- 1A person who accompanies and looks after another person or group of people.More example sentences
- After the wedding ceremony, the bride is accompanied by her chaperone, even if staying overnight with the groom's family.
- While men and women can date whomever they wish, they must be accompanied by a chaperone.
- If you have a customs inspector, make sure that person is accompanied by a chaperon while they are aboard.
- 1.1 • dated An older woman responsible for the decorous behavior of a young unmarried girl at social occasions.More example sentences
- A young girl required a chaperon - usually a parent or an older brother or uncle, to protect her honor and prevent premarital pregnancy, which could result in banishment until her marriage.
- And why might two young ladies such as yourselves be traveling without a chaperone?
- Lady Anne is forced to accompany her and play chaperone, as it is inappropriate for a young lady to be out without a chaperone.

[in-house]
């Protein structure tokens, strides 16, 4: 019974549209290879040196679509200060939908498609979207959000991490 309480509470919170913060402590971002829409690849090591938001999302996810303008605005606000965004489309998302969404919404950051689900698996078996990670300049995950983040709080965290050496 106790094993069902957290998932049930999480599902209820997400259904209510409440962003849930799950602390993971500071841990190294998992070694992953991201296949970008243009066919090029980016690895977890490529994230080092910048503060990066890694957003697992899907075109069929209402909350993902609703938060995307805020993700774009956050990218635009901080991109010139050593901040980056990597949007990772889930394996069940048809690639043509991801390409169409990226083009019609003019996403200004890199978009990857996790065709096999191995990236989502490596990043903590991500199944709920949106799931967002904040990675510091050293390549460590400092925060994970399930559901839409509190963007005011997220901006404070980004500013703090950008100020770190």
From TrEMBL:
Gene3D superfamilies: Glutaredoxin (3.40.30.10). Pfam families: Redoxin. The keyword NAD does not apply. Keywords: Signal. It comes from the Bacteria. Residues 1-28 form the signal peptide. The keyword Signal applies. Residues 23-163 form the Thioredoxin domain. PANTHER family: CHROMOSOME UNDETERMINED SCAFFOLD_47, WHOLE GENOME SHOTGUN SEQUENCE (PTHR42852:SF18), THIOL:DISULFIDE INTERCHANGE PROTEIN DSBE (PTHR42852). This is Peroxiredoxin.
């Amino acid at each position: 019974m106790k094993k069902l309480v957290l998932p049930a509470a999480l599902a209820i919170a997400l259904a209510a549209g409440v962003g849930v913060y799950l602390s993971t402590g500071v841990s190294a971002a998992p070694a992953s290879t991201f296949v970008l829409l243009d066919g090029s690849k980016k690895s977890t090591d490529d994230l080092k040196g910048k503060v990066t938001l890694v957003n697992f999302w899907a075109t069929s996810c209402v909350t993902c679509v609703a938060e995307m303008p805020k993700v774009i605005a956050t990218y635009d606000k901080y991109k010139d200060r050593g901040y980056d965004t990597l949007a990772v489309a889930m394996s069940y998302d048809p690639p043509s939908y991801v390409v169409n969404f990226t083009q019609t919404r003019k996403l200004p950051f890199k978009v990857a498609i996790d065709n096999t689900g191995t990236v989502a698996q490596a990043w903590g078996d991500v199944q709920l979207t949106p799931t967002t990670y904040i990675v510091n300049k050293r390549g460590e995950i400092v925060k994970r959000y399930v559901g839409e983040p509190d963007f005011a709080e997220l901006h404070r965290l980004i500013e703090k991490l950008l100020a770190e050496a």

verb[with object] Back to top
- Accompany and look after or supervise.More example sentences
- Ripley places the blame on the 14 months she spent filming in France and England, chaperoned by her mother but away from home and her friends at school in Dundee.
- Yet even though these women were duly chaperoned by mothers or other female relatives, critics increasingly attacked European training as a danger to American womanhood.
- I'm chaperoning my 11 year old daughter to the 2005 Children's World Summit for the Environment in Toyohashi City and Toyota City in Aichi Prefecture in Japan.
- More example sentences
- The idea of chaperonage makes us laugh; women are independent.
- As traditional restraints on females eased, women's clothing became less restrictive and first the bicycle and then the automobile freed young couples to escape from the rigid chaperonage of previous generations.
- But such chaperonage does not take place for Paraguayan Americans, who often meet at community Catholic Church activities or through educational pursuits.
Pronunciation: /-ˌrōnij, ˌSHapəˈrōnij/noun
late Middle English (denoting a hood or cap, regarded as giving protection): from French, feminine of chaperon 'hood', diminutive of chape (see chape). The current sense dates from the early 18th century.